Thursday, 21 May 2009

A pig of a problem (updated x2)

Brad Taylor points out that pig farmers are using recent controversy in New Zealand over sow crates to argue for protection against international competition and I agree that these calls have little to do with animal welfare and a lot to do with rising prices.

I have two issues with the argument about banning imports.

First I don't see how this will help the welfare of the pigs at all. All it will do is help the profits of pig framers. Why? The argument seems to be that it is imports of pork that forced local farmers to use sow stalls to remain competitive. That is, the sow stalls are the least cost method of production and thus is used to maximise profits. Why would banning imports change this? If pig framers want to maximise profits after an import ban is imposed, as they seem to want to do now, then they would use the least cost method of production post-ban in exactly the same was as they do pre-ban. That is, they will use sow stalls. As a theory of the firm man I don't like arguments that seem to assume producers will change there objective function in the face of trade restrictions. The banning of imports will have no effect pig welfare.

Secondly would the ban really help the pork industry? The issue here is the elasticity of demand for pork and bacon type products. If this is high then a increased in price resulting from the banning of imports could lead to a large fall in quantity demanded. Is it likely that the elasticity is large? At a guess yes, there are many substitutes for pig meats: fish, chicken, lamb, beef etc. A ban may not help the industry as much as some pig framers seems to think.

A better approach, if farmers really do care about animal welfare, may be product differentiation. Much like free trade coffee, "high pig welfare pork". Farmers would need to set up a credible verification system that consumers can use to identify pork that comes from farms that use framing methods that don't mistreat their pigs. Then, as is the case for fair trade coffee, consumers will self identify as those who are willing to pay more for their pork products based on farming method.

Update: Matt Nolan posts on Cruelty to pigs, willingness to pay, and intrinsic animal rights.

Update 2: Eric Crampton has been thinking about Welfare and animal welfare: NZ pork edition.


Crampton said...

1. There are plenty of places that sell free-range pork.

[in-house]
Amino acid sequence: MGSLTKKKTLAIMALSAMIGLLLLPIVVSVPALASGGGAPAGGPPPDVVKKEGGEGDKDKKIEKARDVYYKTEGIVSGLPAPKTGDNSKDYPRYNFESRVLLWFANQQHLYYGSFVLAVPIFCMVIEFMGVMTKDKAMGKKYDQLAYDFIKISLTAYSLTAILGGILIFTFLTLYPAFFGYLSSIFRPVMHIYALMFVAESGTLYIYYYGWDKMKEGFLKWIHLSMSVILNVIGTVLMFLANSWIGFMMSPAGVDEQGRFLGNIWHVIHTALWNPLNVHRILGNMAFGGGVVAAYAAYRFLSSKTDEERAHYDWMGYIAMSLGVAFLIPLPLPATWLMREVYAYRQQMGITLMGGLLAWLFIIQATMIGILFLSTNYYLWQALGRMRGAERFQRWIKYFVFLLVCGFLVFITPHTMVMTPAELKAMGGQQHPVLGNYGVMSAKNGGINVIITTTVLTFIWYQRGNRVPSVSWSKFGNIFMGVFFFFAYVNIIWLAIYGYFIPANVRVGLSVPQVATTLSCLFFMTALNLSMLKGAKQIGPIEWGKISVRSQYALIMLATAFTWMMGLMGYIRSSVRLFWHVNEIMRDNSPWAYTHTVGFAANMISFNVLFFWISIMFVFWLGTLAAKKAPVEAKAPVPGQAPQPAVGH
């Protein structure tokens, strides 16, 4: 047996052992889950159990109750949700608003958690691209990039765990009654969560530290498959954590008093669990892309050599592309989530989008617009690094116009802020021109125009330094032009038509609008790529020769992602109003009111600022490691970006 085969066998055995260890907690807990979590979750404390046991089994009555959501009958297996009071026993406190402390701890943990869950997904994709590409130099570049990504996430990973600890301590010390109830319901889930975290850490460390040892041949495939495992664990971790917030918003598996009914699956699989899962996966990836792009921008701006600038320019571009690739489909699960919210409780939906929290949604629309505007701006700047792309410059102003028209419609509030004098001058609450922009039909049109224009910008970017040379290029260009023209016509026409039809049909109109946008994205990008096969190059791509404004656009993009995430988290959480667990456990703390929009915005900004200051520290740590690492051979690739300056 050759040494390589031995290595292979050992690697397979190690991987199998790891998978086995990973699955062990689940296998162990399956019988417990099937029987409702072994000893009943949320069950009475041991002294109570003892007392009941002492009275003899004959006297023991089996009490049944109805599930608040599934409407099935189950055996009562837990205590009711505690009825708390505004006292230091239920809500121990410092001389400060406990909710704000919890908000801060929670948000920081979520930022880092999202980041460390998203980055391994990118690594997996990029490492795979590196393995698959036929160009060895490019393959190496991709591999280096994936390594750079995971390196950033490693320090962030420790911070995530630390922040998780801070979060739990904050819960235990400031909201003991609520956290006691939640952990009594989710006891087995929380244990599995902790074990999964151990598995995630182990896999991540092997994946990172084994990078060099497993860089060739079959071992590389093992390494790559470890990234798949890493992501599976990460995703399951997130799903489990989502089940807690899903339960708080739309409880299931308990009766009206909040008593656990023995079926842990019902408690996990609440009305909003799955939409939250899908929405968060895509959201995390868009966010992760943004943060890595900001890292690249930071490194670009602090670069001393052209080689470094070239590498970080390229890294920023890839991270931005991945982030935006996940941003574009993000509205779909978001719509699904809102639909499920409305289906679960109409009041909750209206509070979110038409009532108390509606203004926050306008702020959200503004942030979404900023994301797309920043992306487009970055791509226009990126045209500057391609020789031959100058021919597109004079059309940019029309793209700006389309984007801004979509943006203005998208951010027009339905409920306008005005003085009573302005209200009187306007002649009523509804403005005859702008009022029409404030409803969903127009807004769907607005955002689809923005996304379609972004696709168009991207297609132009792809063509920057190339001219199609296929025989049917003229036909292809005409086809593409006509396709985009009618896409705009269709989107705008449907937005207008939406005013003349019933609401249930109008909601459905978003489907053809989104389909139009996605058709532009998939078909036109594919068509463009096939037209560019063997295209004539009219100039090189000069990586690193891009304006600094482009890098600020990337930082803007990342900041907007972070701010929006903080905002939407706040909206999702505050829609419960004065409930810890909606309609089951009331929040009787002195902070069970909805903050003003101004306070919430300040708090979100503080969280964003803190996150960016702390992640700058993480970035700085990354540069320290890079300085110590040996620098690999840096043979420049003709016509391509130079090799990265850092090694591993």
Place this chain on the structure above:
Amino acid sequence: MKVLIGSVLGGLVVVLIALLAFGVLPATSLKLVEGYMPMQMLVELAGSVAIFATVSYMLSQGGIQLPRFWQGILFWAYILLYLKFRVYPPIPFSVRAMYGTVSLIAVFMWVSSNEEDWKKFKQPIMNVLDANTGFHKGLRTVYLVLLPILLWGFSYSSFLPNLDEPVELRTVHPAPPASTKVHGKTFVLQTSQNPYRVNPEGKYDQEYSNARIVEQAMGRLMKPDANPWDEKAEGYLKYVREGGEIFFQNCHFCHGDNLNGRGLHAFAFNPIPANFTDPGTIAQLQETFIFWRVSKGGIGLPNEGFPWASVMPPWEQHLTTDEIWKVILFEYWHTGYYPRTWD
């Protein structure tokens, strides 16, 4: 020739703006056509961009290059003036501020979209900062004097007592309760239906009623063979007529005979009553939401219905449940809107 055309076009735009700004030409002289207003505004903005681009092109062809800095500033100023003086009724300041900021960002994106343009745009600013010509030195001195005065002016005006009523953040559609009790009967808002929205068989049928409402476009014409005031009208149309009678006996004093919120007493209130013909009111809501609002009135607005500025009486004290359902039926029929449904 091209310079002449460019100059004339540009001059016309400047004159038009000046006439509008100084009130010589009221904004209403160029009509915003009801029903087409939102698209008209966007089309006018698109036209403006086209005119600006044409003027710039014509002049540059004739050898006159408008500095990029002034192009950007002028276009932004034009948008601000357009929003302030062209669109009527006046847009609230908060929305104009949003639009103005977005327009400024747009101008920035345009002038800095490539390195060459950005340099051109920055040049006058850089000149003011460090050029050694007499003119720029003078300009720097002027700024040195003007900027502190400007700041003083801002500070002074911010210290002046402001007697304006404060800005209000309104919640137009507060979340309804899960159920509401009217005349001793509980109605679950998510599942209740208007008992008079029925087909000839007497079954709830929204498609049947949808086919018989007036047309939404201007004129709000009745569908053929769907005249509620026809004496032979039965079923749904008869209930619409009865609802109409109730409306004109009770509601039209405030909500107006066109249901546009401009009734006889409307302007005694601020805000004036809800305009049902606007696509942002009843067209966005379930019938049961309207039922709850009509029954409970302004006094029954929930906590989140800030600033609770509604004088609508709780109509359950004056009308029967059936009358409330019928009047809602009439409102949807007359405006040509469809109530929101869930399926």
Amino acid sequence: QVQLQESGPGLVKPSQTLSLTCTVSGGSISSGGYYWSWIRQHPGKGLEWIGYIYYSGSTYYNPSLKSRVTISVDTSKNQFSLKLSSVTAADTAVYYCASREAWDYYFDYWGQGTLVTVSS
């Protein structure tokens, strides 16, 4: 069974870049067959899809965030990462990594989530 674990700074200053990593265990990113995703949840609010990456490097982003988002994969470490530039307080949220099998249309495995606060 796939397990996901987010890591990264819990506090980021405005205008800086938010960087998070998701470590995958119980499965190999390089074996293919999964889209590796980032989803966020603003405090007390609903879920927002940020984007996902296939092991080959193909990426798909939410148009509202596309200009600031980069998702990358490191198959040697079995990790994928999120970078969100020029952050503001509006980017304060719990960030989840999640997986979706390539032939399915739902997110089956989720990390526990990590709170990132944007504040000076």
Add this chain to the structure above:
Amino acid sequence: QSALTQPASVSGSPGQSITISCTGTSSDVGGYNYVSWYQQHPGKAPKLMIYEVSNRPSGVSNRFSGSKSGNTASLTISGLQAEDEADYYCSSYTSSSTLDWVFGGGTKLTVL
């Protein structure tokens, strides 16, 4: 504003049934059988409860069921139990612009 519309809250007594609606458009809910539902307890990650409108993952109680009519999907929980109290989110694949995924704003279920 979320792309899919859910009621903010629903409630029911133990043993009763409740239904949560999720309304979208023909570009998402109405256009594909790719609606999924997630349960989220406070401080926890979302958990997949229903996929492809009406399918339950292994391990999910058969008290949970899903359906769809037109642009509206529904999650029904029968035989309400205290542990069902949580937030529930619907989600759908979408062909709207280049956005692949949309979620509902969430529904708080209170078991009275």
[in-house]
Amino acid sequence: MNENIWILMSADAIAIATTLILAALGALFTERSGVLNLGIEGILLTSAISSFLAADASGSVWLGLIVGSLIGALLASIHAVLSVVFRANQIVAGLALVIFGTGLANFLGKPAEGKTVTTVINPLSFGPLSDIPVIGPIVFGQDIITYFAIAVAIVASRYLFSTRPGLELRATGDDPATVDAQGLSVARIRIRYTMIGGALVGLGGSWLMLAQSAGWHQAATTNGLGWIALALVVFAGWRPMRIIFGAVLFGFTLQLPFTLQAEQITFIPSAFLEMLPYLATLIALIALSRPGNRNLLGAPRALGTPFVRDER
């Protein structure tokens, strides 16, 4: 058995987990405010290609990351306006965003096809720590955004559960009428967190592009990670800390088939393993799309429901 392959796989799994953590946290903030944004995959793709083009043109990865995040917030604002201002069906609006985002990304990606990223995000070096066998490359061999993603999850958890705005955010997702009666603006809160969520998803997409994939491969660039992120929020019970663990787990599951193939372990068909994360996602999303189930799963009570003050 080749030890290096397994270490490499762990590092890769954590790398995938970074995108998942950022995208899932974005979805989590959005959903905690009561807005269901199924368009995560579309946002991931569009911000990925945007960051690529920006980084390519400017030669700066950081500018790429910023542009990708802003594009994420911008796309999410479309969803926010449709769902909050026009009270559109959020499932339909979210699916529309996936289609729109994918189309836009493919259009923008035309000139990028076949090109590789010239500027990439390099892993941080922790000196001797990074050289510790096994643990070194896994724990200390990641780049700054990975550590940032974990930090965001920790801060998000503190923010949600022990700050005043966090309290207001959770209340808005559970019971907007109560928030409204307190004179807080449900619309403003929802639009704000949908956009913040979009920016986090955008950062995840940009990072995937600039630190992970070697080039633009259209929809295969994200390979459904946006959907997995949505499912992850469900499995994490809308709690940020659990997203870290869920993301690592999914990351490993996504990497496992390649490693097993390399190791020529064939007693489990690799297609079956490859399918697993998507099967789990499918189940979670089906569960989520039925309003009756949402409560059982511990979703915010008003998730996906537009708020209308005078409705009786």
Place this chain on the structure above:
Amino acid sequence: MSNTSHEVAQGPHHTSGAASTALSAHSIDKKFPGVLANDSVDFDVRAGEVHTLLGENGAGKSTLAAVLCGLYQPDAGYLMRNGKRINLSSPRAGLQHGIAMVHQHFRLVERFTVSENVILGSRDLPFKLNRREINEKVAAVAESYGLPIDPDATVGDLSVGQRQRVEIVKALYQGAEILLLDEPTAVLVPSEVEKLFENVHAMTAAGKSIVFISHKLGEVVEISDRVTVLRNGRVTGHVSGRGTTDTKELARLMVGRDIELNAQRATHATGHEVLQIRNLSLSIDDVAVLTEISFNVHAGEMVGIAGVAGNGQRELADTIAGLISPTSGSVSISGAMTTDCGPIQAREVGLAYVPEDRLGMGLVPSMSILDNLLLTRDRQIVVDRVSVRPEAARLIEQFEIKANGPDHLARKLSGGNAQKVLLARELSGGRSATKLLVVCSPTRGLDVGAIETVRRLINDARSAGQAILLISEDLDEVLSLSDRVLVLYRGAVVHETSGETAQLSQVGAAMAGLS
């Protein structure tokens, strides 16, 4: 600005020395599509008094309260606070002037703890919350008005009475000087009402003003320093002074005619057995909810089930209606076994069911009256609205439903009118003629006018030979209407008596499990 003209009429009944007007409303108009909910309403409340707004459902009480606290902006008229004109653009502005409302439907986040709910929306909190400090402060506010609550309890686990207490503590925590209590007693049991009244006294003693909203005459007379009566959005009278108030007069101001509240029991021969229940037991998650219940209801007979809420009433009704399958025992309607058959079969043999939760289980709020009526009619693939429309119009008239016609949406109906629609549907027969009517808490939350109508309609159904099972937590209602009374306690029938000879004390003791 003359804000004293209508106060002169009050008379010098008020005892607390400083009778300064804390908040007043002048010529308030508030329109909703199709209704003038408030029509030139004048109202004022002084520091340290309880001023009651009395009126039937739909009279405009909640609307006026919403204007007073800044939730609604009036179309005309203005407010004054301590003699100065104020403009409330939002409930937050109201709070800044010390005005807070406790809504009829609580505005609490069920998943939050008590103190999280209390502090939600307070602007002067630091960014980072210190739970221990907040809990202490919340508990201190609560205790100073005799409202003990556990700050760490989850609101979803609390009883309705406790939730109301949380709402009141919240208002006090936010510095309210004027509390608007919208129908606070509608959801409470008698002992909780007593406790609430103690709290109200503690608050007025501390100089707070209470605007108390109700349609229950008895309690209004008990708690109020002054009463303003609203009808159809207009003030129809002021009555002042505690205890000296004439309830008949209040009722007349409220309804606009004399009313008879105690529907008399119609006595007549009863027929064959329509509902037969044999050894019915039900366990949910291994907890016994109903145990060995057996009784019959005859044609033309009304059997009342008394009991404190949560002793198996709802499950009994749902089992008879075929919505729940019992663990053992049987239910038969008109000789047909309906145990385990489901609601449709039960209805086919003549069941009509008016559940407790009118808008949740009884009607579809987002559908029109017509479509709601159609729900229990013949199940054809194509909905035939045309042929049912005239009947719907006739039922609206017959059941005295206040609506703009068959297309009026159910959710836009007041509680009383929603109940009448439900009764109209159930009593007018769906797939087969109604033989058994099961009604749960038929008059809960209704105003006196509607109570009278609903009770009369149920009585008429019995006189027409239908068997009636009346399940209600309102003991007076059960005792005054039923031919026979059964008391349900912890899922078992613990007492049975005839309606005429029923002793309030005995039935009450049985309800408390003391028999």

2. That doesn't solve the problem where there are vegetarians willing to pay to transfer animals from the barn sector to the free-range sector but can't express that preference through purchasing decisions.
3. It's unclear that a private charity that, supported by contributions from folks in 2, subsidizes the free-range sector to increase its market share solves the problem: if the vegetarians would worry that some welfare-conscious but price sensitive folks would be elastic on the extensive margin (move from no meat to free-range meat) because of the subsidy, then the vegetarians can be made worse off by their contributions if the disutility from increased overall meat consumption outweighs the utility from the contraction of the barn sector.

On distributional effects of a ban on imports: it has to help the local pork industry. I have a really hard time imagining a model where this isn't the case. Just think of your standard trade diagram where the local supply curve is upward sloping but foreign supply comes in at some price below that which would clear the market domestically. I'd even suggest that the fraction of eaten pork raised free-range would increase: the marginal domestic barn producer would have a higher cost product with the expansion of output, reducing the relative price difference between the barn raised and the free range pigs.

Paul Walker said...

How many vegetarians with such meddlesome preferences would you need for this to be a real problem?

I was just thinking that the drop in quantity demanded could be a lot larger than the framers may think it is.

homepaddock said...

Imports couldn't be banned on welfare grounds if domestic producers didn't meet the standards being required of overseas producers.

Even then there's a danger we'd be accused of erecting non-tariff barriers.

Kapuka Pork said...

As a free range pig farmer who knows a pig farmer who grows pigs in an intensive indoor system, I have to say the only way to stop this type of farming is to ban imported pork. New Zealand pig farmers are often lucky to receive $20 per pig they grow - there is no way they would have the money to change systems even if they wanted to. It disgusts me that the farmer is blamed for trying to maximise profits - he farms like this because it has always been the accepted way of farming pigs and also because the returns are so low - he needs to be able to live. If imported pork was banned New Zealand pork would be worth more, therefore the farmer would get paid more and could afford to change methods of farming. There is only just over 100 commercial pig farms in the country, approx. 1% of which are "True Free Range" ie, born and grown outdoors not free farmed/barn raised. True Free Range pig farming is really only suited to small low intensity farms, so an increase in the price of pork meat would also possibly encourage more people into the industry. I could be wrong but to me this seems obvious!